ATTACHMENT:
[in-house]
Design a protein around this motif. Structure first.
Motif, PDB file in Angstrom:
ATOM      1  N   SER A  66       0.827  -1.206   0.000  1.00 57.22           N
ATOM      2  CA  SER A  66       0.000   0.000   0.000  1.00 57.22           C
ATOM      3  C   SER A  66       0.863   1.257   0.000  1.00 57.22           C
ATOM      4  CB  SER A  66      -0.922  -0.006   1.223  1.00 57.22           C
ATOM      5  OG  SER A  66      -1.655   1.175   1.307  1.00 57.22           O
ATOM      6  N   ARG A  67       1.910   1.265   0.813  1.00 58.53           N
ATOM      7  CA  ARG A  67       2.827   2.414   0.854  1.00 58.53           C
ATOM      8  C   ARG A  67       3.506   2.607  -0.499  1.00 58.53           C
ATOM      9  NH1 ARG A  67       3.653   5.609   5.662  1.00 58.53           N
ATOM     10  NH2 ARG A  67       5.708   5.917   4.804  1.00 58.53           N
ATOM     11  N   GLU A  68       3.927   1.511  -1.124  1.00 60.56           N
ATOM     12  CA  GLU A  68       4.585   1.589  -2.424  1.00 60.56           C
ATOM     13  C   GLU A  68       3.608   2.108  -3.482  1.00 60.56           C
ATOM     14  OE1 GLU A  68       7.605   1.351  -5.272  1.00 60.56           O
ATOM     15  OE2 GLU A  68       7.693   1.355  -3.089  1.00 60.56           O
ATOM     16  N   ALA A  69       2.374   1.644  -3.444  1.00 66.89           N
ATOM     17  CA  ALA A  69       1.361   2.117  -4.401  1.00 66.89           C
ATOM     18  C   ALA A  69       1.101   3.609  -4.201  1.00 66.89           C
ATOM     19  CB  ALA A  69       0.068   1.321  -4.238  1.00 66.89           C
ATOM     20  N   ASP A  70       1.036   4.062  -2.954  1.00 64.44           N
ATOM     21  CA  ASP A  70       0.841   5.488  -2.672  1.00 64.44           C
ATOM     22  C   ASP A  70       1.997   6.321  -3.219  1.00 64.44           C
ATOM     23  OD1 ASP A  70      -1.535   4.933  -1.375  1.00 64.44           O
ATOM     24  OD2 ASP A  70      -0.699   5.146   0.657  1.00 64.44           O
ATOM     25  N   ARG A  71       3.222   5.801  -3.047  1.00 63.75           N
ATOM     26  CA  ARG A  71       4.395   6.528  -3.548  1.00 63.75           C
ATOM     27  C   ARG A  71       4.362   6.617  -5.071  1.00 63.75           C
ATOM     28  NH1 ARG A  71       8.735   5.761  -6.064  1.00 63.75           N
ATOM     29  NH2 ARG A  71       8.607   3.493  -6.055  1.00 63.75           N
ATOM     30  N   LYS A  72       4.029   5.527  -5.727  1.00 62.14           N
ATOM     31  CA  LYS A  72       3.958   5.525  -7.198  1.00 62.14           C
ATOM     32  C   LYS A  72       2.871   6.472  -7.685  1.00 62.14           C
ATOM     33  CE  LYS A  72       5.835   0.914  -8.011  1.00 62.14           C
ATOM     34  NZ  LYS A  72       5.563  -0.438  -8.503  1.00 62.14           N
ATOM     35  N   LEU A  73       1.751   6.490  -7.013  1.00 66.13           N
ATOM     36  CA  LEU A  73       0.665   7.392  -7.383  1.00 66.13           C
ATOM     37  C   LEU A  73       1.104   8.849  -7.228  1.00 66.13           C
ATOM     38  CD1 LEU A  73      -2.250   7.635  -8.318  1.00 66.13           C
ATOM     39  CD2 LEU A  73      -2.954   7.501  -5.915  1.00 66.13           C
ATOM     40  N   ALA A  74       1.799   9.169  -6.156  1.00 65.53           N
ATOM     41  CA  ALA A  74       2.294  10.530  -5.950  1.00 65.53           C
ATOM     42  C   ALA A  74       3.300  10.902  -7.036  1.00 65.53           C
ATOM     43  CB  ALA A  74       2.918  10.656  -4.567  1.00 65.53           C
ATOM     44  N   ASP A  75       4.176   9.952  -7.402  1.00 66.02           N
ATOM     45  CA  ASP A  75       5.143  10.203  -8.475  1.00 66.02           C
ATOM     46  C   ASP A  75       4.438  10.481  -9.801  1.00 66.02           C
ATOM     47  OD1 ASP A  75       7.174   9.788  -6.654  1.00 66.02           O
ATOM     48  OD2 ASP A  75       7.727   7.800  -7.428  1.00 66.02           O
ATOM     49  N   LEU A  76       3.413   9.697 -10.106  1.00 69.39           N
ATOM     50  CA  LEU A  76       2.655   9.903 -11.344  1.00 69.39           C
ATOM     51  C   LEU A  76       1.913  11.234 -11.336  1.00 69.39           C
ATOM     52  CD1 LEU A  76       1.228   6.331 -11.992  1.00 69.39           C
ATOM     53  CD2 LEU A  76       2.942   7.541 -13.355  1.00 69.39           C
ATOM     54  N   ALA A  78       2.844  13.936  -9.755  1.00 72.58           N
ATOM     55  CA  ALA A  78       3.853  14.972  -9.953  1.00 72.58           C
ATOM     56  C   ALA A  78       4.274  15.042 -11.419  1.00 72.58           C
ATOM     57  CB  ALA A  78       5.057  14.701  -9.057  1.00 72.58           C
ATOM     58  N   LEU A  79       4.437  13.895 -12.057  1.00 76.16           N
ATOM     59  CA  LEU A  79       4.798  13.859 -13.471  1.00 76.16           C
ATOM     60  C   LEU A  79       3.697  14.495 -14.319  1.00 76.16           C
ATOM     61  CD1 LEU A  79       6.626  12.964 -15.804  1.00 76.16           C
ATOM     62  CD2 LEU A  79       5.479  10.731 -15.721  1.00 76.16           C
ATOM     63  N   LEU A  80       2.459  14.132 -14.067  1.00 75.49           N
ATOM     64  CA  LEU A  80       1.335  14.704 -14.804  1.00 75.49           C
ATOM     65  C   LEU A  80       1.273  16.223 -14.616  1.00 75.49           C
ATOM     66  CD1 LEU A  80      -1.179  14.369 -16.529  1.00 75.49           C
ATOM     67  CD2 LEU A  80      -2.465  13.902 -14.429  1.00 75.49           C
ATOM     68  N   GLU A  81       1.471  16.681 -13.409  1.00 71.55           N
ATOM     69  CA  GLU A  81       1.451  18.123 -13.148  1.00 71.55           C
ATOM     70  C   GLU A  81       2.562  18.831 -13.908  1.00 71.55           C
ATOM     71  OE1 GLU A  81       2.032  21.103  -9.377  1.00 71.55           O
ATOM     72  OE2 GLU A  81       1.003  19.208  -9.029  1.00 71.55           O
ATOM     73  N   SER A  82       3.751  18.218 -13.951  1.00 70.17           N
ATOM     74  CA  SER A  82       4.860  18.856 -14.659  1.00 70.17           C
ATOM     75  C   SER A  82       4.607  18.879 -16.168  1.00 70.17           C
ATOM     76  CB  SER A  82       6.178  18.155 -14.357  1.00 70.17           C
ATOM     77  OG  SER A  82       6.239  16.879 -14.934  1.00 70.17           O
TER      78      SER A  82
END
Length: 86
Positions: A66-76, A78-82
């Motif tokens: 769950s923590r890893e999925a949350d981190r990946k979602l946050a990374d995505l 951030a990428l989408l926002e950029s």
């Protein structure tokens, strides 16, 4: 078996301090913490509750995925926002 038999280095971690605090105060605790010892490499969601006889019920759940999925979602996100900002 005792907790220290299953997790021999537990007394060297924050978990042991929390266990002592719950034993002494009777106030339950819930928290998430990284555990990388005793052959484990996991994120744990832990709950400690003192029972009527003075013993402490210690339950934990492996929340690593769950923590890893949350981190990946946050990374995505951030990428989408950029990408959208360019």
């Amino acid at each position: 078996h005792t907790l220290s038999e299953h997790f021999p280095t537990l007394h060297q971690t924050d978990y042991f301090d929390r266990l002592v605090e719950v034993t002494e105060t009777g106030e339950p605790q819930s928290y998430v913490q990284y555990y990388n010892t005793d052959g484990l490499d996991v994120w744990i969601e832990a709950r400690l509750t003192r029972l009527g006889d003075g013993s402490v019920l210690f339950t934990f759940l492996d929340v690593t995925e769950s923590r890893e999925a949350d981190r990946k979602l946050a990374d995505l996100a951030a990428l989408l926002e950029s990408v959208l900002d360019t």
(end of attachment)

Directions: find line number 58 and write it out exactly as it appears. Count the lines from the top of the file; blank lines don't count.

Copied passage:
ATOM     55  CA  ALA A  78       3.853  14.972  -9.953  1.00 72.58           C